It may not have the glitz and glamour of the Northern Hemisphere awards, argues young Spikes attendee and creative at DT, Sam Dickson (pictured above). However, returning from this year’s Spikes Festival which celebrates creativity in advertising, Dickson is a changed man.
The elevator conversations always started the same way: “Oh hey, you’re going somewhere soon aren’t you? Sparks or something?”
Fair question. If I hadn’t been lucky enough to win Young Spikes I wouldn’t have known much about it either.
I assumed that it would be something like Cannes, only slightly tweaked for the Asia Pacific. It wasn’t, but that’s what I ended up liking most about it.
You assume that by September you’ve seen every good creative for the year .If you missed the case study at D&AD, you’d seen it at Cannes.
Which is why when the Spikes shortlists came out, I wasn’t bursting at the seams to go and check out the work. I thought it would pretty much be a re-hash of everything I’d seen in the past 3-4 months.
Sure there were a couple of award magnets still doing the circuit, but (to my surprise) I saw some really brilliant work I’d never seen before…and much of it was region-specific. For example, ‘The Life Saving Dot’ from Grey Singapore. If you haven’t seen it, check it out below.
It’s a genius initiative to help women in rural India with iodine deficiencies (a major cause of disease in the region). They turned the bindi that all married Hindu women wear into a disposable patch that gives them their daily dose of Iodine.
Oof…take that iron fish!
Another great one is the mosquito repellent newspaper from Leo Burnett in Sri Lanka. They partnered up with national newspaper Mawbima to help fight Dengue Fever by infusing citronella into the ink printed on every page (case study here). A great idea born out of local insight.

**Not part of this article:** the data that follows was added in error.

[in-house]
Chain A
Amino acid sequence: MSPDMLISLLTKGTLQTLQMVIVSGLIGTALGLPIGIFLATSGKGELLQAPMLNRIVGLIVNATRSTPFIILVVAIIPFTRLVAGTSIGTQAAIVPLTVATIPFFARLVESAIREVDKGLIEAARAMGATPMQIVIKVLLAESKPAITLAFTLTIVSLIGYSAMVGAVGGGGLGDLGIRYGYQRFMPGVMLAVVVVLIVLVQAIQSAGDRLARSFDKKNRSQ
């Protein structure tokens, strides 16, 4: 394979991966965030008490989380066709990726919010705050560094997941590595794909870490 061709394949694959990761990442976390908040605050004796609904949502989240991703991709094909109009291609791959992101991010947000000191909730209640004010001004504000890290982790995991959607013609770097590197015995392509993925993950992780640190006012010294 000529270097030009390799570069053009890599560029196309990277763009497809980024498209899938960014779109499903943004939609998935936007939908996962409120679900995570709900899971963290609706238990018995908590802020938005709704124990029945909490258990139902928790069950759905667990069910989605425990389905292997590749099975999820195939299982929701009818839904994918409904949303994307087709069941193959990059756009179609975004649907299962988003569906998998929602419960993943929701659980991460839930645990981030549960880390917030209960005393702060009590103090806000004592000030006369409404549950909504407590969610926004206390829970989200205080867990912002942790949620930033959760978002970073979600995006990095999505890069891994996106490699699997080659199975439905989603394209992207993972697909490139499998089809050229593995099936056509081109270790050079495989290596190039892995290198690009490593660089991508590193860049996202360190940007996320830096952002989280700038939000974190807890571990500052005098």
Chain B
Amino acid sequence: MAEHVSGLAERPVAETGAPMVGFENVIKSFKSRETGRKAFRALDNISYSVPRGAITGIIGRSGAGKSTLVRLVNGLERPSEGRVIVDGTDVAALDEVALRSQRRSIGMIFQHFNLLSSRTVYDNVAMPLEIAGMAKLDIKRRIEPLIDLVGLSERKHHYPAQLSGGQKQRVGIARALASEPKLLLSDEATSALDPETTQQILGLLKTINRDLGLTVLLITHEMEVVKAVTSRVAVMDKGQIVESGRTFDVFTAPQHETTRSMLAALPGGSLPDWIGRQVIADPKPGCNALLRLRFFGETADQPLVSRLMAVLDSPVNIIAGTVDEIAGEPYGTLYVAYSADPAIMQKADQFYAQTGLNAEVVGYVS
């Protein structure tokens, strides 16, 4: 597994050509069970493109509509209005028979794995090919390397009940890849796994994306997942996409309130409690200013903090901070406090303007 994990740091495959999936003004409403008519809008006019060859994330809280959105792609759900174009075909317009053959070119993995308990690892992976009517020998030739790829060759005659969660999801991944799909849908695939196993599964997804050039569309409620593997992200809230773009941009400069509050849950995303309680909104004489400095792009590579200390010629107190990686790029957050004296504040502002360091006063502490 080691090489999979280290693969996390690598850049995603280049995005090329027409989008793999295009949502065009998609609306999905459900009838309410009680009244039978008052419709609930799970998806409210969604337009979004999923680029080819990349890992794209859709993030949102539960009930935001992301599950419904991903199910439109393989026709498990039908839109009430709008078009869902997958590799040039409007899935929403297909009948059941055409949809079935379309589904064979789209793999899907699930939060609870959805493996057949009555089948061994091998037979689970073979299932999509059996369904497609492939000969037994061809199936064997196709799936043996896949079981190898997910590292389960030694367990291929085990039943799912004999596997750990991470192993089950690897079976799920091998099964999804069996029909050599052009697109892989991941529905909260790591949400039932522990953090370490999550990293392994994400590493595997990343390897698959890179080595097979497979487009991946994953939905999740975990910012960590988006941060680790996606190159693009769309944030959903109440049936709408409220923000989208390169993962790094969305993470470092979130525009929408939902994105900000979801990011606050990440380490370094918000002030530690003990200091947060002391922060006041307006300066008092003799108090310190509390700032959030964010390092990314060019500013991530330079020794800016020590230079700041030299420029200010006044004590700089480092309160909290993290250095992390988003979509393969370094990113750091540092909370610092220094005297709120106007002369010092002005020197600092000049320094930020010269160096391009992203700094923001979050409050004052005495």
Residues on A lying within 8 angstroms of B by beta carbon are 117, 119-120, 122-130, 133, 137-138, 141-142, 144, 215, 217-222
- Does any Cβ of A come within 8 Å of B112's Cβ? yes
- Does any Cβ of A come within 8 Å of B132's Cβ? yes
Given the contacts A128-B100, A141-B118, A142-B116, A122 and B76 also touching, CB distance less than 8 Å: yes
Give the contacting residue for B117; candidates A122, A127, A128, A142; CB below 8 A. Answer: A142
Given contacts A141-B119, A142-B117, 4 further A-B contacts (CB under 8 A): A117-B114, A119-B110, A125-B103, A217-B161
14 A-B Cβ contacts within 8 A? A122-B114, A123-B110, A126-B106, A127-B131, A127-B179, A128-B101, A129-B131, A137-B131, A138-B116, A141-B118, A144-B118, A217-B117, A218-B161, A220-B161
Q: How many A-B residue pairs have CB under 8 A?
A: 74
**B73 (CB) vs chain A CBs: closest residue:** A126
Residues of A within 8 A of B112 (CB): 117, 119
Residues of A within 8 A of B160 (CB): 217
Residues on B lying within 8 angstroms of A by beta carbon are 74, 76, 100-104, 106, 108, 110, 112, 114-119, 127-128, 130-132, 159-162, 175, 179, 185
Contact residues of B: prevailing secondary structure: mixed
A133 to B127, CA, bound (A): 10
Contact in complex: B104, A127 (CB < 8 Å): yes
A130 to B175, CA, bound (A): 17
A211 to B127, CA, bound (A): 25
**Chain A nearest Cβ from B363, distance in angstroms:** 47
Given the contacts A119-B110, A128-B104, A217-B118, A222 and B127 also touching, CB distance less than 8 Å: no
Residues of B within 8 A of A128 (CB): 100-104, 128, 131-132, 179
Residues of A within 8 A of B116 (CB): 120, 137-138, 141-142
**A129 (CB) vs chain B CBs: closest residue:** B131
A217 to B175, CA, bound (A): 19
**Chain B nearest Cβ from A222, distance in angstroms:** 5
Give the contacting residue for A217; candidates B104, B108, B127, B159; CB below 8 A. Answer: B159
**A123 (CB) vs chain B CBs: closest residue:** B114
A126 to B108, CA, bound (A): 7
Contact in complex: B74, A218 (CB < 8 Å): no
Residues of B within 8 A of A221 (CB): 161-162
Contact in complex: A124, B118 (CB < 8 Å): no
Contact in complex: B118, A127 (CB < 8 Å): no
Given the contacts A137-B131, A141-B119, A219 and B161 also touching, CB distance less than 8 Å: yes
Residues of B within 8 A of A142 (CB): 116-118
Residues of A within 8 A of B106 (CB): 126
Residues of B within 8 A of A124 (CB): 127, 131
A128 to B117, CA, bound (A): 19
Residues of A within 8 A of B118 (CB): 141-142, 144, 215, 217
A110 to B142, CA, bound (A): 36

Even some great Australian work that had flown relatively under the radar at Cannes struck a chord at Spikes. ‘Melanoma Likes Me’ from George Patts Melbourne picked up the Grand Prix for good (check it out below).
In a time where brands are being asked to stand for something and work to make positive change and not push product, it’s great to see our region is at the forefront of some this thinking.
Which is why I’m surprised that there aren’t more Aussies/Kiwis in attendance.
At the award show, it was obvious how we feel about Spikes. We’ll enter our work, we’ll send over our CEO or CCO to pick up the awards, but we won’t send over a hoard of creatives and clients to immerse themselves in the Festival like we do at Cannes.
Sometimes the glitz and glamour of the northern hemisphere agencies and award shows make us forget about the great work that’s being made on our doorstep. As a product of Australian adland, if I was guilty of this mind-set I’m sure I’m not the only one.
Spikes only crime seems to be is it’s not big enough…yet.
So when you’re divvying the award and training budget next year remember: Spikes isn’t Cannes and that’s why you should go.